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Making Theater in the Time of COVID



About a millennium ago (OK, in March of this year), Dell'Arte MFA students in their final year were preparing their thesis productions. Then came the Great Shutdown. No more live performances for audiences that provide the ultimate feedback for actors.

The school proposed students continue working on their productions remotely and perform via Zoom. Most of the students were able to adjust their pieces to meet the new circumstances but, for Hannah Shaka and Marguerite Boissonault, whose collaborative piece was built around and relied on aerial silks, working separately simply was not an option. So the two worked with the school to develop protocols that would enable them to work in the same space, unmasked, and for their actual thesis performances to be filmed. Boissonault moved into Dell'Arte student housing, which operates on an agreed pod honor system to keep each other healthy and accountable, while Shaka continued to live alone.

In many ways, the situation was a blessing in disguise. The duo had plenty of time and space to work together, "more like a residency than schoolwork — almost a bonus semester." The biggest change they had to make was to recast the piece as a two-hander when their original third collaborator couldn't meet the protocol requirements. And it was that change that drove the creation of the final piece, Jumella (from jumelle, the French word for twin).

Two performers, intimately connected on the stage and in life. The parallels with finding comfort in a time of social isolation are rich with possibilities. Who are we when we are taken out of the context of our normal physical landscape? What are we really searching for when we seek connection with others? How does separation impact relationships? Twin-dom is the very essence of connectedness — together from the womb, as children and adults facing a universe that wants to define as separate the two halves of a singular whole.

Set against a stark black backdrop of woven red silks and a bottomless abyss, Shaka and Boissonault take us back and forth in time, in and out of their childhood fantasy sanctuary world of Jumella. It is there that we meet Muckle, a dragon whose fire-breathing powers have been stolen by the weaver of words, a magical spider with an enticing French accent and a fabulous eight-legged Balinese mask that she wears upside down. Muckle challenges the girls to reclaim his powers in exchange for being able to stay together forever in Jumella — a challenge in which failure could spell the end of a dream or death.

Jumella is a wide-ranging exploration of what holds twins together when outside forces try to pull them apart. How each twin complements and completes the other. The performers dangle before us intriguing story threads — glimpses into childhood and even in-utero memories, hints of a disturbed upbringing, and the impact of separation on an adult twin.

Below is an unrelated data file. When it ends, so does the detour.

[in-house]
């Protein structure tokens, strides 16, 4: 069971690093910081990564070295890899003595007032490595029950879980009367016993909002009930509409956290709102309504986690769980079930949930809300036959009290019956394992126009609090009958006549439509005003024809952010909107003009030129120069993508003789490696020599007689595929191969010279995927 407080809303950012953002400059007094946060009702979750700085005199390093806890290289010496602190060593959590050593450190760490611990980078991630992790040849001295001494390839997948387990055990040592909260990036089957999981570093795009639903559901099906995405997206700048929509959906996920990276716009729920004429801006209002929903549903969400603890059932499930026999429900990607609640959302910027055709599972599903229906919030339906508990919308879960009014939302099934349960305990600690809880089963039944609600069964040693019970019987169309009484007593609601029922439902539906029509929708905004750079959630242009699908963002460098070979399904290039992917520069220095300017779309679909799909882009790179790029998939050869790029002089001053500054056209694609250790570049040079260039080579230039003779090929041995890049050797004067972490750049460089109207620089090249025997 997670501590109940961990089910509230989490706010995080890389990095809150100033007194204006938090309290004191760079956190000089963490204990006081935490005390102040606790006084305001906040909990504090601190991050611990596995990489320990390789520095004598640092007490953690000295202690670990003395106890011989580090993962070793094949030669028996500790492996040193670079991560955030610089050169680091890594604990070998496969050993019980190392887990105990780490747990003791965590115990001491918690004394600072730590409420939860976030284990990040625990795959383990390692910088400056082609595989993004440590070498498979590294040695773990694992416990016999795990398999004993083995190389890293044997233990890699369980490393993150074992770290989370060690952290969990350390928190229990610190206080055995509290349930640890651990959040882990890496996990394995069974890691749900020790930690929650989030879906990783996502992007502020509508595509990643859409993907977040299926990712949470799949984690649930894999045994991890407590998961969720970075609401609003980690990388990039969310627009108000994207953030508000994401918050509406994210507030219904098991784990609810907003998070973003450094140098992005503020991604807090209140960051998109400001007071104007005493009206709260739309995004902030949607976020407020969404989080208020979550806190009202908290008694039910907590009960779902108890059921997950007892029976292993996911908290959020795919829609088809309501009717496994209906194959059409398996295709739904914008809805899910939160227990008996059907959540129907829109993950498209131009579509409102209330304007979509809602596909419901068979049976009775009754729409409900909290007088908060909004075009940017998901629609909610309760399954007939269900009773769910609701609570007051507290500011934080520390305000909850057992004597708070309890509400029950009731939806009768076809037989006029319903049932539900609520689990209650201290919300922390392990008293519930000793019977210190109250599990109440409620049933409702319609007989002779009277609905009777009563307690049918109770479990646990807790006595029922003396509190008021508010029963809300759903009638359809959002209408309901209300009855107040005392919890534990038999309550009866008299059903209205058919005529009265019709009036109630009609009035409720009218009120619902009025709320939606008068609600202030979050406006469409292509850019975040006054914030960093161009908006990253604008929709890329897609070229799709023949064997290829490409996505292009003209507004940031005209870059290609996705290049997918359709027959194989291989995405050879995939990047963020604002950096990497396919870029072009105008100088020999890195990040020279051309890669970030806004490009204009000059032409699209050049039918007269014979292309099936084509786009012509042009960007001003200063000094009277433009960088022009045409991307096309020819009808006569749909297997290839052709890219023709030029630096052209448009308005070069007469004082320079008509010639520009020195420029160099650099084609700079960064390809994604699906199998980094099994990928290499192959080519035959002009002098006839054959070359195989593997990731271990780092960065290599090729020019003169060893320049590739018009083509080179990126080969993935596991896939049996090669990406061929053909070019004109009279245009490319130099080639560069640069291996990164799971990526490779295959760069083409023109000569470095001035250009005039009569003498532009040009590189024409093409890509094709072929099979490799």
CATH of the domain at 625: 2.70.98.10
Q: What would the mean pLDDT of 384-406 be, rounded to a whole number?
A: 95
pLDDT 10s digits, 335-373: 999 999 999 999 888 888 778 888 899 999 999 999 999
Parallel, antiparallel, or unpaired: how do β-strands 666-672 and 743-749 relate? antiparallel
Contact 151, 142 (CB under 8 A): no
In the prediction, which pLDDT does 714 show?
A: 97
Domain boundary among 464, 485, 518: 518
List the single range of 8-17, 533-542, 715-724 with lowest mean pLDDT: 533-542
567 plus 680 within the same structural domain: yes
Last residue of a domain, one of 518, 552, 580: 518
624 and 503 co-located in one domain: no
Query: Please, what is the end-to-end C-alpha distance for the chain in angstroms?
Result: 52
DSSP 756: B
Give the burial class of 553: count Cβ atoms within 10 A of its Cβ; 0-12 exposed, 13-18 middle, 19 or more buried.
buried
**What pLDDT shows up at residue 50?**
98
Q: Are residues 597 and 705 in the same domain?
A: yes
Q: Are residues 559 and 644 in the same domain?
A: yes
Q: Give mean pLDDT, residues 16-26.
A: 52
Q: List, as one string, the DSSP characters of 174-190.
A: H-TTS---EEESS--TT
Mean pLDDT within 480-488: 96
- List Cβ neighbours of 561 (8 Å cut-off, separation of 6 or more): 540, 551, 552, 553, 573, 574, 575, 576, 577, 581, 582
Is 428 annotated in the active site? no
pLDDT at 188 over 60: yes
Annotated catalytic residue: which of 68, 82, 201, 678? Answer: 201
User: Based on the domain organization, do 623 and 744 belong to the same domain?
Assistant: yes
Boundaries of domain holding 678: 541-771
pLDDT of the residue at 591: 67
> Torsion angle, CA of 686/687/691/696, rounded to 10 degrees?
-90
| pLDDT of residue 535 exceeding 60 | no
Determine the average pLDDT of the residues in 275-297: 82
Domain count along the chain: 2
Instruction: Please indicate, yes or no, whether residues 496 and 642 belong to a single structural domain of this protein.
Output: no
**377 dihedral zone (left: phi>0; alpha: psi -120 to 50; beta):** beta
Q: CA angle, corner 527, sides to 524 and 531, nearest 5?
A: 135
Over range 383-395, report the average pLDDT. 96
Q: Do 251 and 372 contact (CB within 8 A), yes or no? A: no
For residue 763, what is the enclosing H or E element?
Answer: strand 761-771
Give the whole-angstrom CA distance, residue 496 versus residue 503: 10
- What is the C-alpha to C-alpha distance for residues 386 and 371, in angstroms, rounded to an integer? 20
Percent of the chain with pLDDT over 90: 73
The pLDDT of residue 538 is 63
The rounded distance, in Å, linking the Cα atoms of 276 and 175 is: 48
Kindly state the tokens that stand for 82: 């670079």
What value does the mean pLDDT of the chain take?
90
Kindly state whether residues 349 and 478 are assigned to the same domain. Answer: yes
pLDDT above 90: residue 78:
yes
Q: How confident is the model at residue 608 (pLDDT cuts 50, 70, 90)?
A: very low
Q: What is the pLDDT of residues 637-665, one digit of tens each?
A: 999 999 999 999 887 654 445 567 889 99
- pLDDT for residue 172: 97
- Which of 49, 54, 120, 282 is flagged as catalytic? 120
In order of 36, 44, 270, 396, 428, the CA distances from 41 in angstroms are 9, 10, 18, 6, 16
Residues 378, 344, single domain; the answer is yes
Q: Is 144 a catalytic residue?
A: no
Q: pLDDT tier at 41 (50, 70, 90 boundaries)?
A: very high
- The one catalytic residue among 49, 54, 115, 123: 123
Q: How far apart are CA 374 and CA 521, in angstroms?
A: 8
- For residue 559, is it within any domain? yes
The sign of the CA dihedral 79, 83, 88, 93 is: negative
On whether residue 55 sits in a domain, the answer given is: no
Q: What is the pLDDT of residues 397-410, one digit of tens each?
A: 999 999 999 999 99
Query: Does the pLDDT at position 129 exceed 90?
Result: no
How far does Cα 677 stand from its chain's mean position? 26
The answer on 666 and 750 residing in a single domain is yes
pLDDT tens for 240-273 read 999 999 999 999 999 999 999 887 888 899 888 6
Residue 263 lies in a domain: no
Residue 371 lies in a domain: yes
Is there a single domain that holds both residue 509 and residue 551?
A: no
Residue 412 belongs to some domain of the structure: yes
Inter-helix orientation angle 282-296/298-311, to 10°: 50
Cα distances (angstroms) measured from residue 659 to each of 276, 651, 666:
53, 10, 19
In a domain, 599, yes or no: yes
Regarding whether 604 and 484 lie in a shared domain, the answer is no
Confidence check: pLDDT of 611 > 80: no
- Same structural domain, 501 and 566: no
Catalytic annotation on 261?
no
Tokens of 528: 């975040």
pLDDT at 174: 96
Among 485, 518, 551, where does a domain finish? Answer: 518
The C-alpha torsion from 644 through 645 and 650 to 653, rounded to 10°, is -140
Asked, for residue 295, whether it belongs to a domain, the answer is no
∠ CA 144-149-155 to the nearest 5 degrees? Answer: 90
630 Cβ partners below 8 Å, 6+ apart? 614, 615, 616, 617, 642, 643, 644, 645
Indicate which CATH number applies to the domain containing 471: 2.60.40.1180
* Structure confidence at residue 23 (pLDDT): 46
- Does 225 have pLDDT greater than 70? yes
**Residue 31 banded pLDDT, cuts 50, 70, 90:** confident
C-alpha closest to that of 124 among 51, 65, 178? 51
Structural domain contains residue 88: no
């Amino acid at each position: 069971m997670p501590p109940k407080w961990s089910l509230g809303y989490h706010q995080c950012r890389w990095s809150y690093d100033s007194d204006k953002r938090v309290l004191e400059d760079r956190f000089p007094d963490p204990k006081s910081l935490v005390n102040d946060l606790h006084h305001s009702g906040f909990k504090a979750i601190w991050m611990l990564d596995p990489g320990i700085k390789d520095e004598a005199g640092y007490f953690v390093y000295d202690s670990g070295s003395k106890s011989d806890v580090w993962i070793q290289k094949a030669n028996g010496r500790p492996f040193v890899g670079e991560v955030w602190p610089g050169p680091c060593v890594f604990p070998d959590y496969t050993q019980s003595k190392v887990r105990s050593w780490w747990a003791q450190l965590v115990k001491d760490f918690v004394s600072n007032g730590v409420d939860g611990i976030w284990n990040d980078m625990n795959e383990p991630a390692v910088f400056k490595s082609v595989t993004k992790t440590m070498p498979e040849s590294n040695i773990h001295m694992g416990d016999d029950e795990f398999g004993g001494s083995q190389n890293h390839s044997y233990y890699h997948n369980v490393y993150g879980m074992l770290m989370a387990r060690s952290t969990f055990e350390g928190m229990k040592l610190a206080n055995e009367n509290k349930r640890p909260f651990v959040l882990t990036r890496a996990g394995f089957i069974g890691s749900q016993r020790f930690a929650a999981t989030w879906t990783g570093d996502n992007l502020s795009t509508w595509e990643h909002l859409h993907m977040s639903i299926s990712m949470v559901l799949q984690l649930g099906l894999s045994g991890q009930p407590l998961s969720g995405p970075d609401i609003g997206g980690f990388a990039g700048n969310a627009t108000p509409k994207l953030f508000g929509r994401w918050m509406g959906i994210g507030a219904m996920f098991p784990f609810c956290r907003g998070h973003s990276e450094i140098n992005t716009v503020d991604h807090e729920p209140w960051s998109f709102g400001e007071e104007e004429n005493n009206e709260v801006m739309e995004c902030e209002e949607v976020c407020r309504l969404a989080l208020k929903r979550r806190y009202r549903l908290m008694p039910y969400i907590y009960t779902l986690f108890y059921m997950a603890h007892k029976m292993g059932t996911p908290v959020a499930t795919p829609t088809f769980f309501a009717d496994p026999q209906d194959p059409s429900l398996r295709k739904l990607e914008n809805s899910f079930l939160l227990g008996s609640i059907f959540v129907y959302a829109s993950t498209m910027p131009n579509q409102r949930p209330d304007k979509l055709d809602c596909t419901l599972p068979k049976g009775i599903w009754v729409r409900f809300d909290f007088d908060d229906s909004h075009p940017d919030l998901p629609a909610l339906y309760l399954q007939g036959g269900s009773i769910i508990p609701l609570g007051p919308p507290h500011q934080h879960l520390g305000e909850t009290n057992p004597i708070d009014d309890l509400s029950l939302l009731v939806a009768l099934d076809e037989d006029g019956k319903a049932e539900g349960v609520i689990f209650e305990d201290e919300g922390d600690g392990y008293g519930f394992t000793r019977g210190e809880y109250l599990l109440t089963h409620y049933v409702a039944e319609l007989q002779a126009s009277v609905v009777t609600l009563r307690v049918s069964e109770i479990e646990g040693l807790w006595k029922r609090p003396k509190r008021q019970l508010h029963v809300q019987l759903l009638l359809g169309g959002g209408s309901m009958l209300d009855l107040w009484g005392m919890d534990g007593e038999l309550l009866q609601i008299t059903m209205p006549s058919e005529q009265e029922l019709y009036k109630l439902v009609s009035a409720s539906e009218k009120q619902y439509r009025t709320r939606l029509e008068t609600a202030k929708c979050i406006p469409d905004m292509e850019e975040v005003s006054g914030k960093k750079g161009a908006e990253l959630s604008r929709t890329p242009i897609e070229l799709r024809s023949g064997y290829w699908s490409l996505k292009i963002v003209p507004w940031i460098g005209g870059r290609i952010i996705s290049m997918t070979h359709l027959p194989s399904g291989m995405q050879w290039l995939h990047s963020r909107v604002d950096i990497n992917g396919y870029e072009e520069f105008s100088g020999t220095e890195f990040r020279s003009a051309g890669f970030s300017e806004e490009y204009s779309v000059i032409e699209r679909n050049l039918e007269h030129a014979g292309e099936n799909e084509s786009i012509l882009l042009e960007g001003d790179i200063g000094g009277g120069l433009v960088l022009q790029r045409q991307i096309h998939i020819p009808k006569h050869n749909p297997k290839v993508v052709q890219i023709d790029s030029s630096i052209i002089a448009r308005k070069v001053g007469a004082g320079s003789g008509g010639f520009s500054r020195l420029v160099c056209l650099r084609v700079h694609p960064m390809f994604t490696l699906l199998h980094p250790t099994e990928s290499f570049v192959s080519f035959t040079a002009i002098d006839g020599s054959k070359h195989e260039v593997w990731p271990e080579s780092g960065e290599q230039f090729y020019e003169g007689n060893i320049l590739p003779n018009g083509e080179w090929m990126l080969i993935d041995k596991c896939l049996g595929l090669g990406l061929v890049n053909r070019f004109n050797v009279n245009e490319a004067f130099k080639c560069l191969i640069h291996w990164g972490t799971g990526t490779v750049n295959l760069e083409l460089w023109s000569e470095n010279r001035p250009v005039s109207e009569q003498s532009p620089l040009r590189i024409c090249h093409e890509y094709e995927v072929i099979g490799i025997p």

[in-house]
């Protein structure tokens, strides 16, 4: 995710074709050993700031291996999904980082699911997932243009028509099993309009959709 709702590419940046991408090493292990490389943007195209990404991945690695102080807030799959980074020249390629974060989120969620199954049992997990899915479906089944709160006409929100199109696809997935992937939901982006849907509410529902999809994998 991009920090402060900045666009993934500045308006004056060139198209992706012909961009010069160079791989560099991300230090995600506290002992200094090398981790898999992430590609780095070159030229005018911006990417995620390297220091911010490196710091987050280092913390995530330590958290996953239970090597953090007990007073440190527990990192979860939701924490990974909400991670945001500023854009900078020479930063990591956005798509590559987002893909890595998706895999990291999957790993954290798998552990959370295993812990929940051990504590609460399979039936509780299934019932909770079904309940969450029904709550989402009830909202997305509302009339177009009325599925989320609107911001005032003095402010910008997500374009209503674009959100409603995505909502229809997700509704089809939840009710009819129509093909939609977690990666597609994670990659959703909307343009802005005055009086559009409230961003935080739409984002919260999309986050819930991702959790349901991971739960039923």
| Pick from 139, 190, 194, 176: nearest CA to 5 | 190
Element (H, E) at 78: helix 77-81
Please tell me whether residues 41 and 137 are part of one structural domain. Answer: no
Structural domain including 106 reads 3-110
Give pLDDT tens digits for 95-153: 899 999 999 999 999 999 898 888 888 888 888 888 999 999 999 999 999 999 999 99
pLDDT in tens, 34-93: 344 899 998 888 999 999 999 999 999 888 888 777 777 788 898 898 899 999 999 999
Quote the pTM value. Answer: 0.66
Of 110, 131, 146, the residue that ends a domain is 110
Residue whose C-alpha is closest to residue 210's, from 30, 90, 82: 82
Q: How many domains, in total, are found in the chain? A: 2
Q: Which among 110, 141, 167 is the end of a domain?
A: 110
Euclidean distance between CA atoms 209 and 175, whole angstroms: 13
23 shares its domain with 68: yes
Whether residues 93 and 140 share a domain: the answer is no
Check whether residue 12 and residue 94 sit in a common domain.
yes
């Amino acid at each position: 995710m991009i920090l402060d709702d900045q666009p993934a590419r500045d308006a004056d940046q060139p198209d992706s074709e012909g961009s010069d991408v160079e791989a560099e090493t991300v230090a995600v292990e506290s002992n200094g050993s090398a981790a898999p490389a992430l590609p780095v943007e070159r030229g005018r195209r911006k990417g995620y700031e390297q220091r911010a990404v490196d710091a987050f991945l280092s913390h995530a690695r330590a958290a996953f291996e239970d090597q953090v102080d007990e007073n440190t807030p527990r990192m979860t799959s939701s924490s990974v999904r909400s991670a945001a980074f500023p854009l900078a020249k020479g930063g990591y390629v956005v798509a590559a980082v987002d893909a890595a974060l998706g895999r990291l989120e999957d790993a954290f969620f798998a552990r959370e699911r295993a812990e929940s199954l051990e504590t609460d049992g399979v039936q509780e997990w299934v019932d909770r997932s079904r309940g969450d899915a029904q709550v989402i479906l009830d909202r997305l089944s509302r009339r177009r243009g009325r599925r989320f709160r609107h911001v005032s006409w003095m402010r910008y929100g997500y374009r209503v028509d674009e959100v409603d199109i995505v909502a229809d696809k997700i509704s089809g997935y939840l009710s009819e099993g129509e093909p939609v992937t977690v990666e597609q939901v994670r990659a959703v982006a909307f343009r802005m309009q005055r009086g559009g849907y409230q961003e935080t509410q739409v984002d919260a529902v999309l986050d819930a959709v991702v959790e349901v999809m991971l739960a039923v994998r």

It is an ambitious piece that touches on many manifestations of separation and togetherness, isolation and connection. It's clearly a work in progress, but that does not detract from the power at its core. Shaka and Boissonault are hoping to tour the production and plan to allow the piece to evolve organically over time. I, for one, am very much looking forward to future iterations once it is safe for live theatre to resume.

The simple costumes reinforce the performers' twin-ness, while the intricately carved masks pull them apart. The silks are used effectively for both aerial performance and as temporary set elements spun out by the weaver of words. Working their magic behind the scenes were production manager Alexander Diaz and lighting maestro Michael Foster. Janessa Johnsrude was the students' faculty advisor and Leslie Castellano provided the aerial silks training.

Dell'Arte was able to get approval from the Department of Health and Human Services for the private three-night filming because its space is classified as "office workspace," since the school's office logistics, training and exercises require a workspace to be done effectively. This allowed students and staff to work within the scope of COVID protocols already in place and for invited guests to watch and give feedback to the artists being filmed. The guest list was capped at 18 and all guests were required to have their temperatures taken upon entrance, wear a mask at all times and sign the same liability waiver that all the enrolled students do. The first two rows of seats were closed, as the performers were unmasked, and 18 seats were designated across the remainder of the auditorium to maintain social distancing; there were no concessions, no box office and no public ticket sales.

On a personal note, I feel truly blessed to have been able to participate in this experience live — there really is nothing quite like the crackling energy of live theater. The composite video of the three performances shot and edited by videographer Zach Lathouris should be available via Dell'Arte's website at and YouTube channel at later this month.


Dell'Arte's 40th annual holiday show Hansel and Gretel will be taped and broadcast by KEET at the end of November. There are also plans for Facebook Live streams, Zoom performances for schools and drive-in-movie style wall projection performances viewable from cars. All performances will be free. More details on the Dell'Arte website at

Pat Bitton (she/her) is a freelance writer/editor based in Eureka who is theoretically retired, but you know how that goes.

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